As none of the Olympic medalists competed at the Emperor's Cup, their path to the World Championships had to pass through a playoff, except in cases in which the Emperor's Cup winner did not enter the Meiji Cup due to injury.

Nonoka OZAKINonoka OZAKI (blue) battles Yukako KAWAI in the women's 62kg final. (Photo: Takeo Yabuki / Japan Wrestling Federation)

The 19-year-old Ozaki had won the Emperor's Cup, and avoided a playoff by beating Kawai in a match that featured a lot of tension but few attacks, and came down to a challenged call in the final seconds.

Kawai received an activity point in the first period, but Ozaki went ahead when she received two in the second. Kawai, trying to budge Ozaki with a front arm-and-head lock combo, launched a sudden forward surge in the last five seconds that forced Ozaki backwards in a way that may have exposed her back. But the referee awarded no points, and a challenge by the Kawai side was lost to make the final score 3-1.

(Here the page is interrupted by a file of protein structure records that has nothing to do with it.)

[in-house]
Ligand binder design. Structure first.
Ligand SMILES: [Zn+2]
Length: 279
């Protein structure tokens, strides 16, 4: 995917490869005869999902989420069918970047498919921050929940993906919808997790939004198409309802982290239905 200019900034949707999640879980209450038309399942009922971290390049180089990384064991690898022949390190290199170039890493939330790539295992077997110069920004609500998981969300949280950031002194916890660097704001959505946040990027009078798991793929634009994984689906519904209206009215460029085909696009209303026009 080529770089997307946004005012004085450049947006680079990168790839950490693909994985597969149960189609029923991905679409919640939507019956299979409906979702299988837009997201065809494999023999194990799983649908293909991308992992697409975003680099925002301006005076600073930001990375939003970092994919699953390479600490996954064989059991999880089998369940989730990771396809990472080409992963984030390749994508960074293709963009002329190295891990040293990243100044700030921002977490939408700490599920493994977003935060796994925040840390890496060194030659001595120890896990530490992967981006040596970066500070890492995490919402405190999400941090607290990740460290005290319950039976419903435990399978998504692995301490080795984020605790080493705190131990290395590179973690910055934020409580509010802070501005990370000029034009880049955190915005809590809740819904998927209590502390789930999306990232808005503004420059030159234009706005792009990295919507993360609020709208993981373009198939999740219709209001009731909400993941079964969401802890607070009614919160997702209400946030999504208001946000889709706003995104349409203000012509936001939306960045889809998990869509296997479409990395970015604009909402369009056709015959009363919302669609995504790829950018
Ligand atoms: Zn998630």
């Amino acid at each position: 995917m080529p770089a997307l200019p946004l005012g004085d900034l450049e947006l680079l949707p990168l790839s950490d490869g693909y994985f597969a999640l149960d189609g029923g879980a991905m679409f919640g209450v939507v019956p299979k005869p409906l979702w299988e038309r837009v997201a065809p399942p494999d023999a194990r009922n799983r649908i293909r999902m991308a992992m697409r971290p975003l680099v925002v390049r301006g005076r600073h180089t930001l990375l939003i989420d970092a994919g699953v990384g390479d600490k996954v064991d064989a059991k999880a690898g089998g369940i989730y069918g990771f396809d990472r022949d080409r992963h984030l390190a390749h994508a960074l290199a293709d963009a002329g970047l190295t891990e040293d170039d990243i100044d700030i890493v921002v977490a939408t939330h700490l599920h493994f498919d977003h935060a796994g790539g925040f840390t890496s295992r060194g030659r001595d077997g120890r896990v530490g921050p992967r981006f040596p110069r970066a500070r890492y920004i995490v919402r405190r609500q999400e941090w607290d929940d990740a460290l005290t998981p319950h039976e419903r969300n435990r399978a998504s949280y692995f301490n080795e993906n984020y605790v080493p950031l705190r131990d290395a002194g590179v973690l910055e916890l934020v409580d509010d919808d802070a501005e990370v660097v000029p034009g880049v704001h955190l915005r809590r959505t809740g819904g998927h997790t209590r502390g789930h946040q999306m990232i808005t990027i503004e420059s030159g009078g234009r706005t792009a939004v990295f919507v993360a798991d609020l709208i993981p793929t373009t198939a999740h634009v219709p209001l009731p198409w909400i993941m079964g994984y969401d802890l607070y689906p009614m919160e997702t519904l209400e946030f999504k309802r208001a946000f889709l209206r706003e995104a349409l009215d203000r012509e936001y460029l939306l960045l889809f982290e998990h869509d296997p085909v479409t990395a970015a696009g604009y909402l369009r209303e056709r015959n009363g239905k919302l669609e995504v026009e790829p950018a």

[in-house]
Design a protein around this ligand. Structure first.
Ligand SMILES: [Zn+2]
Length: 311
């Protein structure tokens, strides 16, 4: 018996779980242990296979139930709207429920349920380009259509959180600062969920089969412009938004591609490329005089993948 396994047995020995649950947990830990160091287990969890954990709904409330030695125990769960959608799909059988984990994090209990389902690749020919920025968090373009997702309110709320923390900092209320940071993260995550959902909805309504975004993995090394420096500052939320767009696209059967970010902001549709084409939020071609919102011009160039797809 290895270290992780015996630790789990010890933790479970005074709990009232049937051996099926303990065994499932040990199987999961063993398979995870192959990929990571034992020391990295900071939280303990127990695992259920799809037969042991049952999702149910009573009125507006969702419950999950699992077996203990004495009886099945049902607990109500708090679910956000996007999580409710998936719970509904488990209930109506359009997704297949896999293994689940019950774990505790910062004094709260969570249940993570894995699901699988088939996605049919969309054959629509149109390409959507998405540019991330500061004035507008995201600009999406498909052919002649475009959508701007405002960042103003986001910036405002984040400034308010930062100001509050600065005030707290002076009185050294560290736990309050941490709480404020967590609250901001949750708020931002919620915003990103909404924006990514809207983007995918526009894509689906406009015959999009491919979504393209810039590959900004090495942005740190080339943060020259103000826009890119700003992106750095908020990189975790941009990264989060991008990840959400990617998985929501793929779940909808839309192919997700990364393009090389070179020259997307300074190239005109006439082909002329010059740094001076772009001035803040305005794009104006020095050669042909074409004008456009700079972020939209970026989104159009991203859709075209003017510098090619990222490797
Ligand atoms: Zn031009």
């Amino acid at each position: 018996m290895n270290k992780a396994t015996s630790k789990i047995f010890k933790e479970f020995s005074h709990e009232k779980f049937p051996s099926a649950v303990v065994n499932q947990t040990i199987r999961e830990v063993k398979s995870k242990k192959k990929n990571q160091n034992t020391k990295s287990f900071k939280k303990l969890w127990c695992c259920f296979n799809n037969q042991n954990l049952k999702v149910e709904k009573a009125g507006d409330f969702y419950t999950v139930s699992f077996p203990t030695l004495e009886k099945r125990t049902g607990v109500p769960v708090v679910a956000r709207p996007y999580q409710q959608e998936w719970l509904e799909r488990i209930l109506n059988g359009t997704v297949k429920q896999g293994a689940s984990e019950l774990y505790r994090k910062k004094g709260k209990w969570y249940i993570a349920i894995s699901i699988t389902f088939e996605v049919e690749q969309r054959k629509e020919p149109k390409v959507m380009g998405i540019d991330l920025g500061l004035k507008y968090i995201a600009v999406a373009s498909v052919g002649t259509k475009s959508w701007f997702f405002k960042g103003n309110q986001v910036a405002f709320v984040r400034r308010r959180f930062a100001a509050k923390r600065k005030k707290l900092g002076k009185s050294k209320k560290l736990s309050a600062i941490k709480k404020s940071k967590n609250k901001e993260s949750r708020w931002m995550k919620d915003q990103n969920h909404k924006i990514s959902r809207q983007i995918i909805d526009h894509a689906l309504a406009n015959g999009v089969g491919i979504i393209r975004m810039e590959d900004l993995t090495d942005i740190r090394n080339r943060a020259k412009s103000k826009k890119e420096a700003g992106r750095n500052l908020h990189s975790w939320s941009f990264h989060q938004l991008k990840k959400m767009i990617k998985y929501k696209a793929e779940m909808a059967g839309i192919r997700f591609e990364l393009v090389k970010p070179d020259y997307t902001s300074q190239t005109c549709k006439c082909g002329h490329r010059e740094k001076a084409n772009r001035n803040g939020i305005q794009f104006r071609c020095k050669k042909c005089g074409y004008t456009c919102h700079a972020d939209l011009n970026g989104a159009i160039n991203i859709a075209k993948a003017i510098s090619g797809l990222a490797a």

"I wanted to score technical points," Ozaki said. "I thought before the match, 'What do I have to do to win?' Even if I didn't score with a tackle, I had to show I was making the effort to attack. When it became one caution each, I thought I would definitely win in the end."

Ozaki was coming off a confidence-building gold-medal run at the Asian Championships in April in Mongolia, where she defeated world champion and longtime Kawai nemesis Aisuluu TYNYBEKOVA (KGZ) in the final. That avenged a first-round loss to Tynybekova at last year's World Championships in Oslo.

But for Ozaki and the rest of the Japanese contingent, this year's World Championships is just a way station en route to the next Emperor's Cup in December. That will serve as the starting point for qualifying for the 2023 World Championships, which in turn is the start of qualifying for the 2024 Paris Olympics -- the next ultimate goal.

"Looking ahead, the Emperor's Cup and Meiji Cup will be linked to Olympic qualifying, so I can't be content with this," said Ozaki, a rarity in Japan in that she is pursuing the sport while attending academically-oriented Keio University. "Other wrestlers will be coming up with strategies against me, and there will be some who change to the Olympic weight.